Innisfil council is promoting urban sprawl and threatening the environment with an official plan that would dramatically increase Alcona’s urban boundaries, Campaign Lake Simcoe says. “Council’s decision runs up against the province’s apparent concern about protecting Lake Simcoe and its watershed and highlights the need for the draft Lake Simcoe Protection Plan to address population growth issues, which it currently does not,” says Claire Malcolmson, the group’s co-ordinator. Last week, council unanimously agreed to include lands from Conc. 4 to Conc. 9 in its long-term plans for Alcona. The proposal, known as OPA 1, must still be approved by the provincial government and the County of Simcoe. Malcolmson criticized the plan, saying it will amount to paving over more of Lake Simcoe’s watershed. “Scientists say aquatic biological systems begin to degrade when 10 to 15 per cent of a watershed is paved, or impervious. The watershed has already reached or exceeded the critical ecological threshold for impervious surfaces,” she said. However, Mayor Brian Jackson said Innisfil council had Lake Simcoe in mind when it approved OPA 1 last week. Part of the plan calls for oversized stormwater ponds that will decrease flooding and help purify water before it enters Lake Simcoe. “I think most of council had that in mind when we made the decision,” Jackson said Tuesday. “The positive aspect is that we may be able to have sustainable growth and control that run-off as well.” The plan calls for the area to grow by additional 10,000 people over the next 25 years. While council has expanded Alcona’s urban boundaries, Innisfil’s population target of 65,000 people by 2031 has not changed. “This is a long term plan. There will still be plenty of opportunity for comments and revision in the secondary plans,” Jackson said. Malcolmson also criticized the province’s Lake Simcoe Plan, which is still at the draft stage, for failing to control urban growth in the watershed. “Settlement areas must not be expanded and new settlement areas must not be created in the watershed,” she said. The Lake Simcoe Protection Act and the provincial Places to Grow policy appear to be working at cross purposes, Malcolmson added. “The province fails to address the issue of growth in the watershed since Places to Grow and the draft Simcoe Plan are contradictory,” Malcolmson said. Campaign Lake Simcoe and other environmental groups are calling on the provincial government to move new development away from the watershed. But such a move would doom Innisfil’s growth plans since much of the town’s infrastructure, including the water treatment plant, is in Alcona, Jackson said. “I don’t know how we would abandon one area and move into another area to accommodate our growth,” Jackson said.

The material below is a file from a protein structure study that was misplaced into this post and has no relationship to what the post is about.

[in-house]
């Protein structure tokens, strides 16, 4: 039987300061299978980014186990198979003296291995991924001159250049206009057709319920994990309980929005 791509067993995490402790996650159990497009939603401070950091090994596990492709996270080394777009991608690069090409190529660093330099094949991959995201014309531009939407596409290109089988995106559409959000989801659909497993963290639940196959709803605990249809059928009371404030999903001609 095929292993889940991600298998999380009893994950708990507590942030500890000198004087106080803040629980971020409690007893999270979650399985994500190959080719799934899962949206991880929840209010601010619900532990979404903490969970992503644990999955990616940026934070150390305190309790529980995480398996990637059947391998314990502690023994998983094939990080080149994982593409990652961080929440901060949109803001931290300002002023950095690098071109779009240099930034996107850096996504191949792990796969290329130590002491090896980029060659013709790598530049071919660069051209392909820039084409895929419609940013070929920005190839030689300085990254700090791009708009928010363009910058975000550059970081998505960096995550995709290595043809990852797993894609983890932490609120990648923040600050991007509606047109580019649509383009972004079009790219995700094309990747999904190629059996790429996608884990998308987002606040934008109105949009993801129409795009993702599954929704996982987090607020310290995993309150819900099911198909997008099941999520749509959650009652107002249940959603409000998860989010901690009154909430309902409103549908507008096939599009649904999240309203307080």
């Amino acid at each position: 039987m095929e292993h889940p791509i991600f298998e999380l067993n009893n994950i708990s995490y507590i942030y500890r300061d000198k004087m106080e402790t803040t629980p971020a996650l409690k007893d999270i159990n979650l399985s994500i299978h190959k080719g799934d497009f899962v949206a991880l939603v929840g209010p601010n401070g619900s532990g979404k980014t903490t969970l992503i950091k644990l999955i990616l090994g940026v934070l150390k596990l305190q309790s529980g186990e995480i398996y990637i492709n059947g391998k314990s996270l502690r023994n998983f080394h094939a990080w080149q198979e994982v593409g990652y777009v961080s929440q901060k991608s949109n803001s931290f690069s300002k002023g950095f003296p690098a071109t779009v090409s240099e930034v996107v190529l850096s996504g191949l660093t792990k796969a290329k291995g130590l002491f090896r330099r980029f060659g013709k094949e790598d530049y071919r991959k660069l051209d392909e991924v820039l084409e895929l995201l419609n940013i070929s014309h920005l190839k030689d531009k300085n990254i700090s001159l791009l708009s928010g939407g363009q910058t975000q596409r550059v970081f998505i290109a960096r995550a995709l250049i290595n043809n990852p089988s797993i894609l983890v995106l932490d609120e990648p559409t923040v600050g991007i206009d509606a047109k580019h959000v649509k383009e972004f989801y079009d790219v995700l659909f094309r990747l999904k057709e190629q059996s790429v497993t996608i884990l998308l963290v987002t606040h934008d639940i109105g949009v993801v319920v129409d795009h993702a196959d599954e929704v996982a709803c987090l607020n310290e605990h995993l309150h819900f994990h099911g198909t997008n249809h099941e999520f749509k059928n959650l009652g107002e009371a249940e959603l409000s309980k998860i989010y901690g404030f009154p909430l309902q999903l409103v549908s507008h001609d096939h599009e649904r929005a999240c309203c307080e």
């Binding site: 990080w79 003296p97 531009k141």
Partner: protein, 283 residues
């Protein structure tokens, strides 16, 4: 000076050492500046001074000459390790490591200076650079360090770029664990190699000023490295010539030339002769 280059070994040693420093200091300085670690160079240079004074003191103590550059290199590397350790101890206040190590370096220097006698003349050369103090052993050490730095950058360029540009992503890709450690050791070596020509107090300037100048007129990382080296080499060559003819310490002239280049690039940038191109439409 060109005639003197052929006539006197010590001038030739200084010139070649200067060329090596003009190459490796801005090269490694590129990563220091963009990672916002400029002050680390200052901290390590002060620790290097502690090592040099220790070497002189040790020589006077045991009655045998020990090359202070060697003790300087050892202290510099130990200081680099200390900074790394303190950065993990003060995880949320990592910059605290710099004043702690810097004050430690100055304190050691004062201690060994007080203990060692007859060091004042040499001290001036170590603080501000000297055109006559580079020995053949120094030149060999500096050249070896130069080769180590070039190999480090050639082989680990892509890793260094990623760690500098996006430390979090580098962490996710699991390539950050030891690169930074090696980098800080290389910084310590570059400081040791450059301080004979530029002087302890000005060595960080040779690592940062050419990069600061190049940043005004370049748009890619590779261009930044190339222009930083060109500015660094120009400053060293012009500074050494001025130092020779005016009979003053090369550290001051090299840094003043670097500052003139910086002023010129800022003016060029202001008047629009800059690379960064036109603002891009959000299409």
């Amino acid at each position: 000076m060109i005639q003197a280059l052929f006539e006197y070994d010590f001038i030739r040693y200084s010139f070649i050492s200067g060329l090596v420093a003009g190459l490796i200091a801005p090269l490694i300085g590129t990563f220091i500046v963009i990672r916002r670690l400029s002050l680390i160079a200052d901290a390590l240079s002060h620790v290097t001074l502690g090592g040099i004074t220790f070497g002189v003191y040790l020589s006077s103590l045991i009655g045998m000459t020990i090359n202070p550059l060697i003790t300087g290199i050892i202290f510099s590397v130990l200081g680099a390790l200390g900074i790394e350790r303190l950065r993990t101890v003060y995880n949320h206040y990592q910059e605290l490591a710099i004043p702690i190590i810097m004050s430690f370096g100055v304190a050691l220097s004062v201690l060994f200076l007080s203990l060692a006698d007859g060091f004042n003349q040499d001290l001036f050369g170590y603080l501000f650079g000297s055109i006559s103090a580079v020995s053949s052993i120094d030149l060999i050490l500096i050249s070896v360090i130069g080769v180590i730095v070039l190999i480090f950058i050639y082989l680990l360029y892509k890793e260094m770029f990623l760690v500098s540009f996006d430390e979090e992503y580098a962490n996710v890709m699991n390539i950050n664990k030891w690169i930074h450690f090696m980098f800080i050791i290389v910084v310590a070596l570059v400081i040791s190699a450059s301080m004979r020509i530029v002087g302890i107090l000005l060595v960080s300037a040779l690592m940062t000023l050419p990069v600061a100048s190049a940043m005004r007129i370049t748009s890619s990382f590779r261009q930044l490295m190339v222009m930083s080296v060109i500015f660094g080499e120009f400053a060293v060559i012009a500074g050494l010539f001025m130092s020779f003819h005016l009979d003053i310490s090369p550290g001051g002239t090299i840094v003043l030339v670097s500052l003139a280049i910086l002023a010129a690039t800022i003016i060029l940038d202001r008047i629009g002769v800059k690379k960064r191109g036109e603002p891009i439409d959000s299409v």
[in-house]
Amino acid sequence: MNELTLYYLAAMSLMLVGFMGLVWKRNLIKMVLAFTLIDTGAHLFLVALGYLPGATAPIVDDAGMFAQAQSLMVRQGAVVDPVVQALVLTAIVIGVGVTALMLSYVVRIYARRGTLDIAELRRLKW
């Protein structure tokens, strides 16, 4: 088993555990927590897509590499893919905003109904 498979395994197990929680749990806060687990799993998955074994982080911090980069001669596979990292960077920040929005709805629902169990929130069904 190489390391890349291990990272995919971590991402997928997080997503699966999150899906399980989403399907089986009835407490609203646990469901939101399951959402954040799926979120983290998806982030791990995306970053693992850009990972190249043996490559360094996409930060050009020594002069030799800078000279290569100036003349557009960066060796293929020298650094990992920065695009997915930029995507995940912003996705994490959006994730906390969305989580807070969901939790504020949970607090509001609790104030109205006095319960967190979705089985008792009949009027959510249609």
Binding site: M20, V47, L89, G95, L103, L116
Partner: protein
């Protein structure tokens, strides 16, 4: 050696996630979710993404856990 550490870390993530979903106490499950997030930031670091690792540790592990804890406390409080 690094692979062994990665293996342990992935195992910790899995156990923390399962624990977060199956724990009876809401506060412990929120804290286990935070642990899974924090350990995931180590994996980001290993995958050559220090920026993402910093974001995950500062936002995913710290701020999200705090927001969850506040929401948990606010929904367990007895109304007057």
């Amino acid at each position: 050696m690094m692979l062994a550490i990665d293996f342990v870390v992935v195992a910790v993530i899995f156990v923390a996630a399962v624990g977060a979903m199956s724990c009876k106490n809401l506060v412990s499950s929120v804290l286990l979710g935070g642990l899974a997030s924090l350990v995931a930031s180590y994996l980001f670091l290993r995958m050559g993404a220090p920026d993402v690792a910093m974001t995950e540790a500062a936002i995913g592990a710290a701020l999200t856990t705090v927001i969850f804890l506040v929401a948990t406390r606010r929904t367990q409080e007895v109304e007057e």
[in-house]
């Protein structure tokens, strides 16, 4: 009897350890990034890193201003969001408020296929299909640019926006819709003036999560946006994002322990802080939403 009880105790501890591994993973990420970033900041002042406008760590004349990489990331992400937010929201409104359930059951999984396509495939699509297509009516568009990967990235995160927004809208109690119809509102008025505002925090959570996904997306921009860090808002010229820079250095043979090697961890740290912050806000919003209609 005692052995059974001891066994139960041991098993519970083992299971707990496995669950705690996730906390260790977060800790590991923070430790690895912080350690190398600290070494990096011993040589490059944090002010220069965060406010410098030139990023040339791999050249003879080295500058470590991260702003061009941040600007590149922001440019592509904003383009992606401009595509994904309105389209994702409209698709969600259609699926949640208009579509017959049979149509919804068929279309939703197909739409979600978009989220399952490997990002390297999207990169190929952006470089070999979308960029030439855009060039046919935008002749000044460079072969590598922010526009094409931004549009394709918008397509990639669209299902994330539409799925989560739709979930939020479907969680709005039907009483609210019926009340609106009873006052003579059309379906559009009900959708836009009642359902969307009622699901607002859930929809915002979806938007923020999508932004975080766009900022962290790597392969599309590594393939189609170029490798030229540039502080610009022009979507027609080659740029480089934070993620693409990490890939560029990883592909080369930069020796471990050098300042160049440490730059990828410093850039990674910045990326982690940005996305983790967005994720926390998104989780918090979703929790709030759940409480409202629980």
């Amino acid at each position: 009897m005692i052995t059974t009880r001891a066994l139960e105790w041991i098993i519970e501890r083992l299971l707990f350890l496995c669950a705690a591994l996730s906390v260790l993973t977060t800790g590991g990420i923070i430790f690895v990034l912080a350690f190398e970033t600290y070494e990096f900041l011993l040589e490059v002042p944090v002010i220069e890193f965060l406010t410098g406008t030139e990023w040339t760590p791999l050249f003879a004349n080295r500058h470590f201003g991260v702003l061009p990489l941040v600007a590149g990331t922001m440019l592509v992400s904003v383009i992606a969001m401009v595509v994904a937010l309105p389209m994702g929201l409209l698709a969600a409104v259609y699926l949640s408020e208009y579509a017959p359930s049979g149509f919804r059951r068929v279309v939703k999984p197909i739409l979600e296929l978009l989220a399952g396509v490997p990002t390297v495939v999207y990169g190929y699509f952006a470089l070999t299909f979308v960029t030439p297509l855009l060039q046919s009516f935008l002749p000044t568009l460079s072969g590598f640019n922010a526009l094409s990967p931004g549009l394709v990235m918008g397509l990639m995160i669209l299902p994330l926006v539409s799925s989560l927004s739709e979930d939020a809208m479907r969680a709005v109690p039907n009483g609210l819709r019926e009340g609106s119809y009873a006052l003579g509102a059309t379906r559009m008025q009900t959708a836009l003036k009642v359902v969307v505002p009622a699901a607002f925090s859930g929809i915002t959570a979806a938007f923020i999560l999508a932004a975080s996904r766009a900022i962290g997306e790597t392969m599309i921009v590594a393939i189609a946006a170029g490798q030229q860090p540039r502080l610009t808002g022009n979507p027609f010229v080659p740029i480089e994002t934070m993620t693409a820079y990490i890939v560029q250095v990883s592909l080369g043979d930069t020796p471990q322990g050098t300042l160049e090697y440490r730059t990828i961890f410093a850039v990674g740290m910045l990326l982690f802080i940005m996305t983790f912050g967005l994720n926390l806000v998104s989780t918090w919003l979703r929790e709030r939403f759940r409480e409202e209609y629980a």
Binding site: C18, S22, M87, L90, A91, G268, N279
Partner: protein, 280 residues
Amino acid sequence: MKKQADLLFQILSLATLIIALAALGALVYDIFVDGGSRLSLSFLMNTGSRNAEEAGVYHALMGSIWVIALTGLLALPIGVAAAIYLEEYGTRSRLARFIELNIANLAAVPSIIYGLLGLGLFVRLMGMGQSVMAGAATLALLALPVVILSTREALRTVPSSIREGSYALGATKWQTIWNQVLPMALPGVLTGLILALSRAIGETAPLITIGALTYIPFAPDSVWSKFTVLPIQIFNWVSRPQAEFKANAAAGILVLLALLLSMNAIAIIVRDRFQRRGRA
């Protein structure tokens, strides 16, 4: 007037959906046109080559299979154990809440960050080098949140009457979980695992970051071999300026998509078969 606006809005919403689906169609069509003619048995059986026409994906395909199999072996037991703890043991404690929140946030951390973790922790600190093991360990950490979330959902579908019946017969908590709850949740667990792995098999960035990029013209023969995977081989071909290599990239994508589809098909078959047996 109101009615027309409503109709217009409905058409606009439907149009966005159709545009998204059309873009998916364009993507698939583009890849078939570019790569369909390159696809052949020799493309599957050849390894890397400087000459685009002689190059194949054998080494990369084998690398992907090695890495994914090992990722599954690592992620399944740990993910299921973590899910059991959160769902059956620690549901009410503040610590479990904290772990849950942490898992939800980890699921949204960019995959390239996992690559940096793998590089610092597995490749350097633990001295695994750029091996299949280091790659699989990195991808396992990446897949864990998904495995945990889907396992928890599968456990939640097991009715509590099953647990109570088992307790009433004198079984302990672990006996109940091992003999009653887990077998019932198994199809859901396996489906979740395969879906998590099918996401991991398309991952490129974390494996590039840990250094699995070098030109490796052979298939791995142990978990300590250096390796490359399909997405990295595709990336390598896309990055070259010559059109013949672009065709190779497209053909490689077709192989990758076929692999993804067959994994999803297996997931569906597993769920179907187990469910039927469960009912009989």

“Happiness is makin’ bacon.” That’s more than just a slogan at Holly Park Meat Packers near Cookstown. The company, tucked away on the 9th Conc. just west of town, is celebrating a rather significant recognition for one of its products. At a banquet held on Saturday, Feb. 21, Holly Park’s Phoenix End to End bacon captured a silver award at the Ontario Independent Meat Producers (OIMP) annual conference. More than 100 premium meat or poultry products were submitted for a chance to be crowned in one of 12 categories. The top three entries from each category were selected based on the judges’ combined scores. They included ham, country style bacon, cold cuts, deli roasts, fresh sausage and home meal replacement. Food industry professionals and media evaluated the entries. “The Ontario Finest Meat Competition is intended to promote the innovative, high quality products that Ontario’s meat processors have to offer,” said Laurie Nicol, executive director of the OIMP. “We hope this competition educates consumers and retailers on the quality and variety of Ontario meat and poultry products.” The OIMP is a voluntary, non-profit organization representing 180 processors from across the province. The Ontario meat and poultry industry contributes more than $6.5 billion a year to the economy and represents 20 per cent of the food manufacturing industry. Lilly Vacca, Holly Park’s bacon production manager, said, “This year, the competition was a little different. Homegrown Ontario was incorporated into competition. Any product submitted had to be homegrown. We’re really proud about that.” Homegrown Ontario is a labelling system for veal, lamb, and pork that were raised, finished and processed in Ontario. The program was introduced in 2007. Entries in the bacon category were judged on seven attributes: • visual appeal • consumer appeal • uniqueness • appearance • flavour • texture • aroma Winning the silver award “was great,” Vacca says. “It was very exciting and a huge sense of achievement.” For team member Karen Dipoce, “I think it’s fantastic. I’ve been here seven years and it’s terrific to be recognized for your work.” In a typical year, 140,000, 10 lb. boxes of Phoenix bacon are shipped from the plant. And “That’s just side bacon,” Vacca says. “They mostly go to the food services industry, then to wholesalers, then to restaurants.” In business for 30 years, Holly Park started out in a 2,000 square foot abattoir supplying mostly veal. Today, two operations, the one near Cookstown, the other in Caledon, process beef, veal, lamb and bacon. The Cookstown plant recently underwent a 28,000 square foot expansion and employs up to 60 staff. The company also processes halal, kosher, natural and organic products and offers custom processing. Holly Park’s owner and founder, Tony Facciolo, is the OIMP president. “Membership in Ontario Independent Meat Processors has grown recently,” Vacca adds. “We have been registering in the product competition for many years and each year, we have improved our process with help from the comments on that evaluation.”